DENSITY: 8.253g/cm

In 1787, near Ytterby, Sweden, Swedish army officer Karl Axel Arrhenius discovered a mineral that he named ytterite. In 1794 Finnish chemist Johan Gadolin, working with ytterite, isolated a mixture of oxides (yttria) from which Carl G. Mosander in 1843 isolated three fractions: the oxide of the element yttrium (Y) and two other mixtures of oxides (old erbia and old terbia). In 1878 Swiss chemist Marc Delafontaine worked with "old erbia" but called it new new terbia. Also in 1878 J. C. Galissard de Marignac and Delafontaine, working with "new terbia," isolated an oxide of a new element, terbium. The element has an abundance of 0.91 × 10 −5 percent (by weight) in the igneous rocks of Earth's crust. Terbium's ground state electronic configuration is [Xe]4f 9 6s 2 . It has an atomic radius of 1.782 angstroms. Terbium has two crystallographic structures: α -Tb (room temperature to 1,310 ° C) and β -Tb (> 1,310 ° C). Bastnasite (fluorocarbonates), monazite, and xerotime (phosphates) are the principal terbium-containing minerals.

Terbium has two oxidation states: 3+, the most important, and 4+. Tb 4+ is a strong oxidizing agent. Tb 3+ salts are generally colorless or very pale pink. The Tb 3+ halides, except the fluoride compound, are soluble in water as well as in nitric acid, perchloric acid, and acetic acid. The hydroxide, oxide, phosphate, carbonate, and oxalate compounds are insoluble. A Tb 4+ oxide with a composition approaching Tb 4 O 7 (brown) is obtained via the calcination of several salts: carbonate, nitrate, and oxalate. The Tb 4+ compounds TbO 2 , with a fluorite-type lattice , and TbF 4 also exist.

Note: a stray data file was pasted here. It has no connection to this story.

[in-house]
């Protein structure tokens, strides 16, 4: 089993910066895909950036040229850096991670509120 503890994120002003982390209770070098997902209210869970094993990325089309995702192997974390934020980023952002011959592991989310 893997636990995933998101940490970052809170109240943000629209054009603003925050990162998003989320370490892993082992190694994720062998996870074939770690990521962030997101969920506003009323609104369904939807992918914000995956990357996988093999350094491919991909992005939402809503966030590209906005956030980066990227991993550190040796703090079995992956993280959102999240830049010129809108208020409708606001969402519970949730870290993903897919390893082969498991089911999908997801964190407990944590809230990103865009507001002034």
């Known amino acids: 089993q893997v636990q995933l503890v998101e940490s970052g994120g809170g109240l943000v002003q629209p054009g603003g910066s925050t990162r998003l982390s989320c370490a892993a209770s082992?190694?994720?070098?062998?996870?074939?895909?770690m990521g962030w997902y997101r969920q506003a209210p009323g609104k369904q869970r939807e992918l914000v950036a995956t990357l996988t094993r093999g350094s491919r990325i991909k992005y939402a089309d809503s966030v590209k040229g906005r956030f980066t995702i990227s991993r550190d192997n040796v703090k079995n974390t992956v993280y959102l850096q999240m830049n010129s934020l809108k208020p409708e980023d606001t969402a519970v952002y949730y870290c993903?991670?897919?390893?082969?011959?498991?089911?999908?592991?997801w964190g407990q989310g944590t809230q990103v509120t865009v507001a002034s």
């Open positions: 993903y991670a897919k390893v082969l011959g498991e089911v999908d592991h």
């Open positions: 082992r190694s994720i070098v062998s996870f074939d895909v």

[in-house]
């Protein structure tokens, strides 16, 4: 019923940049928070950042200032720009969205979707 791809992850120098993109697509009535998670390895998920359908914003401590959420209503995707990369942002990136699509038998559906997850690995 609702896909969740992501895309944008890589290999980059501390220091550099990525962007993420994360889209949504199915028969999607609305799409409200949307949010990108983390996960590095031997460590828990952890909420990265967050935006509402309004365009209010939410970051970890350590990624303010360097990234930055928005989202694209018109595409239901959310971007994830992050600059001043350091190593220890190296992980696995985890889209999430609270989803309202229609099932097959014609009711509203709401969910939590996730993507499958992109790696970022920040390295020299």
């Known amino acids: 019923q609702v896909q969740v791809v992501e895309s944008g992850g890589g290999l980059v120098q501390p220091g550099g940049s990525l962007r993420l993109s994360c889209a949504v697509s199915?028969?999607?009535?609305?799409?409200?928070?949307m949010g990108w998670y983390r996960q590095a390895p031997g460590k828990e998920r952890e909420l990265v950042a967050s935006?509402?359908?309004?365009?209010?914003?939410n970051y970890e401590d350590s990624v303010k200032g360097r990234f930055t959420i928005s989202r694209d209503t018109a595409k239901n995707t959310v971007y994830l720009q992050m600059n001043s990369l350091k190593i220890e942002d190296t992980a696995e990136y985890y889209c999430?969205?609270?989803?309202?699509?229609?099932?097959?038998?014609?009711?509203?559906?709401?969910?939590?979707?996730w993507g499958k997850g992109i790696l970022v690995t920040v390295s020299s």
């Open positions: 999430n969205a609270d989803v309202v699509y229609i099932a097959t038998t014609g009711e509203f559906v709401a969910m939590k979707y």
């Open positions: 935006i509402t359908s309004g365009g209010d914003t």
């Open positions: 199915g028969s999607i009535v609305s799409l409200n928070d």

Tb 3+ compounds and complexes in most cases exhibit strong luminescence in the green portion of visible light. Ternary compounds such as La 1− x y Ce x Tb y PO 4 exhibit strong green emission radiation. Such kinds of compounds are called "phosphors" and are used to display color in television. Terbium is also used as an alloy material in compact discs.

SEE ALSO Cerium ; Dysprosium ; Erbium ; Europium ; Gadolinium ; Holmium ; Lanthanum ; Lutetium ; Neodymium ; Praseodymium ; Promethium ; Samarium ; Ytterbium .

Lea B. Zinner

Geraldo Vicentini


Cunningham, B. B.; Feay, D. C.; and Rollier, M. A. (1954). Journal of the American Chemical Society 76: 3,361.

Green, D. M.; Koehler, D. C.; and Katz, J. J. (1951). Journal of the American Chemical Society 73: 1,475.

Moeller, Therald (1975). "The Chemistry of the Lanthanides." In Comprehensive Inorganic Chemistry, ed. J. C. Bailar Jr. Oxford, UK: Pergamon.

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